Bowers Wilkins - Bowers & Wilkins PX

Bowers Wilkins

Bowers & Wilkins PX: headphones with uneven noise reduction

Aprox. 305€ - see price -

It was not until 2016 that the venerable British brand Bowers & Wilkins launched its first wireless headsets, evolutions of the proven P5 and P7. A year later, the brand presents this time a brand new model with Bluetooth connectivity and another trendy feature: active customizable noise reduction. However the PX (that's its name), does not yet manage to match the best players in this very populated segment of wireless headphones with RBA ...

Our review


In broad outline, the PX takes up without surprise the emblematic silhouette of the Bowers & Wilkins helmets, however allowing itself some liberties compared to its predecessors, of which it does not adopt exactly neither the construction nor the luxurious materials. The steel of the frame has given way to aluminum, and plastic is clearly more present on the shell of this helmet. Let us be reassured however: the latest addition to the P range remains a very beautiful object. Perfectly finished, the PX gives an excellent impression in hand, and always retains a touch of prestige thanks to the beautifully crafted leather covering its ear cups and its headband.

Better yet, this new construction allows the PX to be by far the most compact over-ear headphones designed by Bowers & Wilkins. A point necessarily very positive for a helmet above all intended for nomadism.

Compatible with Bluetooth 4.1 (SBC, AAC, aptX and aptX HD codecs), the PX can also be used wired, not only via an analog connection on 3.5 mm mini-jack, but also on computer via USB. This last mode of operation is done in plug & play on both Windows and macOS, and allows you to use the headset control buttons to adjust the sound level directly at the OS level. An excellent point.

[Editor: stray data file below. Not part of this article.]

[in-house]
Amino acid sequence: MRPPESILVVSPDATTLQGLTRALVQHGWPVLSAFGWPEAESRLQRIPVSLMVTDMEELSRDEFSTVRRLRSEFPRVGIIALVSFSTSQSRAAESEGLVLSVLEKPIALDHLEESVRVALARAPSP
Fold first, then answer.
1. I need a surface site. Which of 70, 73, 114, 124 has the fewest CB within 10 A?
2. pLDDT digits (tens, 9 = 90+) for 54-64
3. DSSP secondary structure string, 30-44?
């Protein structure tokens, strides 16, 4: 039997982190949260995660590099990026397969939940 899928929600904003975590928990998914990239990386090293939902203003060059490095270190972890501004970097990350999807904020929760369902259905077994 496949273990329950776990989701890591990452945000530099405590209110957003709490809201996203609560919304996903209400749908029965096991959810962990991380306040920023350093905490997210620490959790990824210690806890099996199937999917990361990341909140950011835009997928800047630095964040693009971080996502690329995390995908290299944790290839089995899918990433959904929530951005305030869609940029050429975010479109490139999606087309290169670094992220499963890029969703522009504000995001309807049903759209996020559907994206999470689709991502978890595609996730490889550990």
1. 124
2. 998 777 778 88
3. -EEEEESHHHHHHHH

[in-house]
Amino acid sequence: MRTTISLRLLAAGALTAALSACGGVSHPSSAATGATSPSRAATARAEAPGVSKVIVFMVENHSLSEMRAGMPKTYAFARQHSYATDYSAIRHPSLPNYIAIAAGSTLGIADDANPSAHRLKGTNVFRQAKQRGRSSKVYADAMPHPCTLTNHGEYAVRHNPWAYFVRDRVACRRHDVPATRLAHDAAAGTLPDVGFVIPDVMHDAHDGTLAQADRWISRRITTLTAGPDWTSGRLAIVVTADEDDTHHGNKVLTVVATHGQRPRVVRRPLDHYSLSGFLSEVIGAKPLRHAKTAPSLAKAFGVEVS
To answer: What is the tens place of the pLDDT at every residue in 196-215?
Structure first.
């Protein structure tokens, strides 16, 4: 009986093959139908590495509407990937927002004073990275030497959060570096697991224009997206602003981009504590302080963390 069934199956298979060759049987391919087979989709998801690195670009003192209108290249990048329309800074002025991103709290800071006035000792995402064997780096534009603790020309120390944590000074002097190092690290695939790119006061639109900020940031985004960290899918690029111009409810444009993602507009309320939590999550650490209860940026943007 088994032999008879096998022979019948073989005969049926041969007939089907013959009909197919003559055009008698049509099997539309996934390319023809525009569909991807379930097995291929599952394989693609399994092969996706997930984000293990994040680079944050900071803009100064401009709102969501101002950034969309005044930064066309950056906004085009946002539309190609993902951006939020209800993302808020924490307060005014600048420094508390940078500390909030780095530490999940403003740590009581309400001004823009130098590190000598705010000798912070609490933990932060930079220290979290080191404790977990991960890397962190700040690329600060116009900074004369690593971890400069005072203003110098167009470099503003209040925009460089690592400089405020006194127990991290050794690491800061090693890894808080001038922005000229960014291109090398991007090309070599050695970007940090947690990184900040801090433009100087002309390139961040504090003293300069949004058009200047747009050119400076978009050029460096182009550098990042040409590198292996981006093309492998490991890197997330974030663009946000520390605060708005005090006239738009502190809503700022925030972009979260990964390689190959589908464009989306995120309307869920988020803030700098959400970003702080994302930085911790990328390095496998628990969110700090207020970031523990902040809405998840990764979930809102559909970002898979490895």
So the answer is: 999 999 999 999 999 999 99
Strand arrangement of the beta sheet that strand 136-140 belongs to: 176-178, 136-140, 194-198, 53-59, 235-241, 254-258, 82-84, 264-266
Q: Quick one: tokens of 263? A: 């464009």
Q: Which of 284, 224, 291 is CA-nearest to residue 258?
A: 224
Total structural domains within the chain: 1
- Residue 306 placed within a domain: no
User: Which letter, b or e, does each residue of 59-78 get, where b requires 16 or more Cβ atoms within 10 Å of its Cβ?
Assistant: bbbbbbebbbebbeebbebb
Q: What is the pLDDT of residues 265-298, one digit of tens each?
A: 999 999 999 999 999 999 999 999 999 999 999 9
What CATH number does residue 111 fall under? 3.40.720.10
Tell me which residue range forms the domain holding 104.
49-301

For wireless use, the PX has a proximity sensor in the right ear cup and can therefore pause music automatically when removed. After 2 minutes, the headphones automatically go into a hibernation state and their energy consumption becomes almost zero. When you put the headphones back on, it automatically wakes up again, reconnects to the last device used and restarts the music where it left off. The concept recalls that already encountered on Parrot Ziks, but stands out here for its absolutely perfect efficiency and reliability. You can completely use the PX on a daily basis without ever worrying about turning it on or off manually, and without ever wasting more than an insignificant proportion of the battery charge. A real joy.

Unfortunately, comfort does not inspire the same compliments. First there is the arch, whose padding is extremely thin, and which tends to come to rest on an isolated point at the top of the skull; the point at which pain can begin to be felt after only a few tens of minutes of wearing.

Furthermore, if the opening of the ear cups is large enough to accommodate most of the ear flaps (6 cm high by 4 wide), this is done at the expense of the width of the memory foam pads. In fact, these concentrate their pressure on a very narrow surface encircling the ear, and can, depending on the morphology of their wearer, cause significant discomfort, especially at the base of the jaw. This can also prevent the pads from playing their role of acoustic insulation between the user's ears and the outside, which is obviously problematic for active noise reduction - we will come back to this point in the "Audio" section. "from this test.